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Losing your Hair?

I have never met anyone who finds losing their hair or the medical condition alopecia easy to cope with, particularly at first. Some of my clients experience temporary hair loss because of chemotherapy. Others have long-term hair loss and are seeking a more permanent solution. However, any type of hair loss can reduce confidence and self-esteem.

If you are losing your hair, try to take a positive and proactive approach. Speak to experts about how best to deal with the situation and take action. If you experience total hair loss, we recommend that you look for a good quality wig – one that feels good and looks good. I have met hundreds of people who look fabulous wearing wigs and hair pieces and they are happy with the overall result.

A Brief Guide to Hair Loss

This is a summary of the medical categories of hair loss that people experience, which you might find useful.

Male-pattern baldness. The most usual type of hair loss is male-pattern baldness. It is more common in men, but can also affect women (female-pattern baldness). Baldness starts with a receding hairline, followed by thinning of the hair on the crown and temples. Baldness is also called androgenic alopecia. 'Androgenic' means linked to male hormones. This type of hair loss is linked to the hormone dihydrotestosterone (DHT), which is made from the male hormone testosterone.

Telogen Effluvium. This type of hair loss happens because of a severe reaction to Physical or Physiological Stress. The hair’s growing cycle is interrupted causing the follicles to enter a resting stage and this results in abrupt and diffuse hair loss.

Chemotherapy. During a course of medication to treat cancer, hair loss may result. Chemotherapy often causes hair loss otherwise known as Alopecia. This is because the cells in the hair follicles grow fast and chemotherapy damages fast growing cells. Hair loss is not permanent and it will grow back once your treatment has ended. Not all drugs cause hair loss – Some just cause thinning and others cause dramatic hair loss including the body hair and eye brows. Hair loss can start any time from after the first few days after chemotherapy to within a few weeks. However, your hair will grow back once treatment is complete although to start with your hair will grow back very fine,very like a baby’s hair.

Radiotherapy

Alopecia Areata.Alopecia Areata is hair loss that causes small circular patches of baldness around the head area. These patches can come and go. It can occur at any age, but mostly affects teenagers and young adults. Six of 10 people who are affected develop their first bald patch before they are 20 years old. Alopecia Areata is thought to be caused linked to autoimmune diseases, which cause the hair to be attacked. In some cases where there is a family history of alopecia. This affects about 2% of the population. There is no known cause for the catalyst of what is a genetic alopecia.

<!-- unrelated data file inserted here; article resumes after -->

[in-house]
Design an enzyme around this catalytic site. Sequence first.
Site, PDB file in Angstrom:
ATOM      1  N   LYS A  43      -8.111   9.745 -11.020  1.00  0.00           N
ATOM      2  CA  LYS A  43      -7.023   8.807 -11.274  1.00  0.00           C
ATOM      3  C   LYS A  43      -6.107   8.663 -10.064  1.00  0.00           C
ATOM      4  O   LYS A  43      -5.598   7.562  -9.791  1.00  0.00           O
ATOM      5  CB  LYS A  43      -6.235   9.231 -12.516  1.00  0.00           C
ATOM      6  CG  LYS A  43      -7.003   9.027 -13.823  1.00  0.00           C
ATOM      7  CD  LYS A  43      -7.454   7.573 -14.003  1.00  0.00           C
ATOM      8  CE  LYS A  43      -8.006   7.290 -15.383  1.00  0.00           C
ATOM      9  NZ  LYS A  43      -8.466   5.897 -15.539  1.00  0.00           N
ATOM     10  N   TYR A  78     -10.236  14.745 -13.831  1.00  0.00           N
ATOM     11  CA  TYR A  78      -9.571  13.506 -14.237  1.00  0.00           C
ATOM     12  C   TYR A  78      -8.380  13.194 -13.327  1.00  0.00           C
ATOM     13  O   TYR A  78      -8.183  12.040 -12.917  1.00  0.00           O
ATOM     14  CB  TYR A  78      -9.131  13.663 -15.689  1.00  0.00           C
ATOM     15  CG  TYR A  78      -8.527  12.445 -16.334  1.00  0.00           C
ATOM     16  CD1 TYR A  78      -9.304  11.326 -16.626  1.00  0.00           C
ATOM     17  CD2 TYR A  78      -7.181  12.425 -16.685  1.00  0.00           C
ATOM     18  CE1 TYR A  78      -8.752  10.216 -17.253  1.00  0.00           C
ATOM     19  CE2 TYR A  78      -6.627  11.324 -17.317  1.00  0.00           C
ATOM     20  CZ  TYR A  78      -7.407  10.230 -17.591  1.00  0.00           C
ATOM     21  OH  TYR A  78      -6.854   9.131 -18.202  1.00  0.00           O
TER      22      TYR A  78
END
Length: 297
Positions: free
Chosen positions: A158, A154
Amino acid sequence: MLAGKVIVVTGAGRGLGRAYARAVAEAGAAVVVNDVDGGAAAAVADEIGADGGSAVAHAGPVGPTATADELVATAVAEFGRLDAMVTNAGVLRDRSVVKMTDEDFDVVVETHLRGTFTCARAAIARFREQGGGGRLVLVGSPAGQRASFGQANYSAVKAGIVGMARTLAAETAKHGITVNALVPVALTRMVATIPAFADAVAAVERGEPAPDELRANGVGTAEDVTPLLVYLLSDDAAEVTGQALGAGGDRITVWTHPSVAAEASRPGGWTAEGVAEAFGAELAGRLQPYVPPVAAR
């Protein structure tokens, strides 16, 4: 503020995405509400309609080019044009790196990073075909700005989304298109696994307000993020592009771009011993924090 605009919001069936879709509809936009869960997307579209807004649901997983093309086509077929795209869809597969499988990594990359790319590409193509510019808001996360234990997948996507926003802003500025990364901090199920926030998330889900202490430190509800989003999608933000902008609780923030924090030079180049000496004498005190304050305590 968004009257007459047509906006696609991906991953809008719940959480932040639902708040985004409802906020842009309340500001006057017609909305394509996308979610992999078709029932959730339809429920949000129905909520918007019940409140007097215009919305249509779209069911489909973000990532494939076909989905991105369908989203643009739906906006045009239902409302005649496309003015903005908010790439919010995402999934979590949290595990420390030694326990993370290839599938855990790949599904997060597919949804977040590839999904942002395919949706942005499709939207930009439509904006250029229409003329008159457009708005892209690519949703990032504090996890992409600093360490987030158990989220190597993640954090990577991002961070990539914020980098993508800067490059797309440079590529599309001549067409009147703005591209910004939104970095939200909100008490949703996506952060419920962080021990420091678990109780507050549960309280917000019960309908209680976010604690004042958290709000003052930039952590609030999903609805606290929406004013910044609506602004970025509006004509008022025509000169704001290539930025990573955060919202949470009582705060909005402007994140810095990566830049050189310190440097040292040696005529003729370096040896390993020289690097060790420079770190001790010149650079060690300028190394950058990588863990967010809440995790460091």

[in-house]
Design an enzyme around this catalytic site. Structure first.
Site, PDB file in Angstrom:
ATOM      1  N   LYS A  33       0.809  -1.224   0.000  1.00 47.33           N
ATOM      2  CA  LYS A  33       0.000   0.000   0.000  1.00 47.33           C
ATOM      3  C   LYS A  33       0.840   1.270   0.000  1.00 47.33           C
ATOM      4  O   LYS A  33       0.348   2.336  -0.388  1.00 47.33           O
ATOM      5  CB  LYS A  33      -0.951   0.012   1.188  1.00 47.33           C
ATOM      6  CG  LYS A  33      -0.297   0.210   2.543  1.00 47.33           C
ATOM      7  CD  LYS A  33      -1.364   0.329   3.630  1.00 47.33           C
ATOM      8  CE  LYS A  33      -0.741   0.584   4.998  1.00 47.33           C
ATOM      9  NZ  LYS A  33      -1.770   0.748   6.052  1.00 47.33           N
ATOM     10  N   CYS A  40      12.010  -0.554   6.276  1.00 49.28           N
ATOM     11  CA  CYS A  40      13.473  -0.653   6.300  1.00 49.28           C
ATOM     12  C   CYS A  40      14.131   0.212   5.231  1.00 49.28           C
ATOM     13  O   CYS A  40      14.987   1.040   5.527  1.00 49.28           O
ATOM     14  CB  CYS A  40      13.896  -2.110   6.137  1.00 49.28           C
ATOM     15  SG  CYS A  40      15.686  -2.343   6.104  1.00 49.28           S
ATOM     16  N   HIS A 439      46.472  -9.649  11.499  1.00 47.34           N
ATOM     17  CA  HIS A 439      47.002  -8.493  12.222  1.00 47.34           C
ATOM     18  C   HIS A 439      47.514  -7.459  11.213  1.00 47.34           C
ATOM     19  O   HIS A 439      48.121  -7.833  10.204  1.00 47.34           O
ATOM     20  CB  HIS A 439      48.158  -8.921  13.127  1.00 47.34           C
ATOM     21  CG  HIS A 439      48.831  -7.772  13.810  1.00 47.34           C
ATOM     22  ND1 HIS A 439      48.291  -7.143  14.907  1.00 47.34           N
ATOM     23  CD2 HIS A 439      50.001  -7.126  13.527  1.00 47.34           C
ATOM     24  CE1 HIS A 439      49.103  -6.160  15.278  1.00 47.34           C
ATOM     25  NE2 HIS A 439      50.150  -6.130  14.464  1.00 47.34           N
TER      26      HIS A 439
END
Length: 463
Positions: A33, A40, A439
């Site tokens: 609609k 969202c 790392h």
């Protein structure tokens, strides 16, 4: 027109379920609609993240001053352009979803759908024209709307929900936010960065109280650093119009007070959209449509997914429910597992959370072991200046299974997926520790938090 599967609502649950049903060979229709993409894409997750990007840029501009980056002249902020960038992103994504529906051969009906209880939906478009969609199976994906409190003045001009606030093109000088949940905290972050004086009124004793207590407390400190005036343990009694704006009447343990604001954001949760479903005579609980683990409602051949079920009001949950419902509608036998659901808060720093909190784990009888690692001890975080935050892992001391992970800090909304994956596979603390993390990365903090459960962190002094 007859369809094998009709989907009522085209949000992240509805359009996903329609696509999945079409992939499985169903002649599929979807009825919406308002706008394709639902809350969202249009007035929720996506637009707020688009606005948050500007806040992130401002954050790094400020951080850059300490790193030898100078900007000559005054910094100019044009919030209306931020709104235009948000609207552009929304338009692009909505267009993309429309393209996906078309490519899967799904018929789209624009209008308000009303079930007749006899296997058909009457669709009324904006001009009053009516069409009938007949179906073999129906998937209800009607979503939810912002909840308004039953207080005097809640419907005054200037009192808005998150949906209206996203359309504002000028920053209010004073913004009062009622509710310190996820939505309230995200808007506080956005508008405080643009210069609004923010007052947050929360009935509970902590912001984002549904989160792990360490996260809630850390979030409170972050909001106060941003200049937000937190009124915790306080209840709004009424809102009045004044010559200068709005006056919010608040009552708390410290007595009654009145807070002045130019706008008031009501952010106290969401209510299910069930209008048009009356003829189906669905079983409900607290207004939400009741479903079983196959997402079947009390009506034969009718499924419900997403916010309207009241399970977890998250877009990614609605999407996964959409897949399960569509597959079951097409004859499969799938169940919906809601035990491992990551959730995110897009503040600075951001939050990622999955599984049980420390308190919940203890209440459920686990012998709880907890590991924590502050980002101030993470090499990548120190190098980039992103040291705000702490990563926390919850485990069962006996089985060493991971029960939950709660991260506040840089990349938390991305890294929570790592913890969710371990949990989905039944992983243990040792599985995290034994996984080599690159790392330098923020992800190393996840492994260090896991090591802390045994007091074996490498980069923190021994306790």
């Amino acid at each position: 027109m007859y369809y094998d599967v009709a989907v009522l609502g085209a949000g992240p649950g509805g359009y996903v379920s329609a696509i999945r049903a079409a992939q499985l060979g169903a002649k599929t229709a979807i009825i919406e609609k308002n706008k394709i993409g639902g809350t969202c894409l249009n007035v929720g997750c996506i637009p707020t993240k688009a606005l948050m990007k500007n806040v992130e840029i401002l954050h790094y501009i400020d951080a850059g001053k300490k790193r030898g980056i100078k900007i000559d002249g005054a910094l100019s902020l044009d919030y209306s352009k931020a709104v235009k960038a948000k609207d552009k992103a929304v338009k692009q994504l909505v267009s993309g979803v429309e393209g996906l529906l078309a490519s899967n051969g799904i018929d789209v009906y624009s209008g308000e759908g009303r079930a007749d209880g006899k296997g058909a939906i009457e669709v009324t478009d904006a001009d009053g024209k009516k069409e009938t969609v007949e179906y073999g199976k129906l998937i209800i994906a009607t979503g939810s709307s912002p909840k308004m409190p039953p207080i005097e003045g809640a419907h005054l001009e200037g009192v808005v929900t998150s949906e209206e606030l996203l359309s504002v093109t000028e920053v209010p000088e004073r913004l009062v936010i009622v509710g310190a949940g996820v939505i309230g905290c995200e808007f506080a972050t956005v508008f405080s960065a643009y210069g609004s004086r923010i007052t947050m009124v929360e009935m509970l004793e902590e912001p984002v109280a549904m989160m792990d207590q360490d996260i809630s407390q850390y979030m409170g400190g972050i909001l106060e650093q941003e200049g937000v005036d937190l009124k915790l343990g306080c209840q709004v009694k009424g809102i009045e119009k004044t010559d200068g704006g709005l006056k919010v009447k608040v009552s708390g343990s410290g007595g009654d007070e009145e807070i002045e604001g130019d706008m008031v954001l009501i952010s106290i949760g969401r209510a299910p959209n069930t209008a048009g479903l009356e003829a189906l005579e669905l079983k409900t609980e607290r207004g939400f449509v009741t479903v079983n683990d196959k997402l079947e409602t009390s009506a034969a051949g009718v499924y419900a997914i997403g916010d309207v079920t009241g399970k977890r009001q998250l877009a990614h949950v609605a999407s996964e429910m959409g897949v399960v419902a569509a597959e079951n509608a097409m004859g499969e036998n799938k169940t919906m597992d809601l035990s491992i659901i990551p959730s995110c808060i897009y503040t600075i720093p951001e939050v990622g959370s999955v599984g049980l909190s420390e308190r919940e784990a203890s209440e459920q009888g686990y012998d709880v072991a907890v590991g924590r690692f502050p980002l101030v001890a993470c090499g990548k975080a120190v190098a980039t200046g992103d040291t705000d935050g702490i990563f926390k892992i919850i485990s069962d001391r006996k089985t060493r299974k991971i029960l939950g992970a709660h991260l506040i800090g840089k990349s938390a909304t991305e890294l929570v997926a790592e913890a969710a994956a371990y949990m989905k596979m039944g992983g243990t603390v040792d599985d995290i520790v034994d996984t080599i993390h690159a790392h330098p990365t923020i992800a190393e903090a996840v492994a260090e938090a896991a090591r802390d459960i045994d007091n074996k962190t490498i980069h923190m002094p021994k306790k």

There is no proven effective treatment for Alopecia Areata. In most cases the hair grows back after about a year but can appear thinner. Some people with Alopecia Areata go on to develop a more severe form of hair loss, such as:

Alopecia Totalis. This is where hair loss occurs totally around the head and facial area. In many cases the eyelashes and eyebrows may be affected.

Alopecia Universalis. Means literally universal hair loss from the entire body and it is the most aggressive form of alopecia.

Scarring Alopecia. Scarring alopecia is caused by complications arising from other medical conditions such as such as scleroderma, lichen planus and shingles. In this type of alopecia, the hair follicle (the small hole in your skin that an individual hair grows out of) is completely destroyed.

Traction alopecia is caused by forceful brushing, tight braiding or often by habitual twisting of the scalp hair. Ceasing the cause should result in recovery.

Trichotillomania is a psychological condition where a person has an urge to pull or twist their hair until it comes out.

How common is hair loss?

Male-pattern baldness is more common than female-pattern baldness, affecting around half of all men at some point. Female-pattern baldness becomes more common in women over 40 years old, particularly after the menopause (when a woman's periods stop at around age 52). Alopecia areata will affect one or two people in every 100 over the course of their lifetime. Up to 1 in 5 people with alopecia areata have a family member with the condition. This suggests that it can run in families in some cases. If you are finding it difficult to come to terms with losing your hair, you may benefit from joining a support group or speaking to other people in the same situation - for example, through online forums.  www.Alopeciaireland.ie provides these services.

Useful links

HSEhttp://www.hse.ie/eng/health/az/A/Alopecia-hair-loss-/Treatment-options-for-hair-loss.html

Alopoecia Irelandhttp://www.alopecia.ie/

Client testimonials / stories

About wigs

Acrylic Wigs

Acrylic wigs are available in three basic constructions:

Hand knotted

The fibre is knotted onto a fine stretch mesh, which gives the wig a natural appearance. Hand knotted wigs are very lightweight and are often worn by those with a sensitive scalp. Hand knotted wigs can be very limited in style availability.

Wefted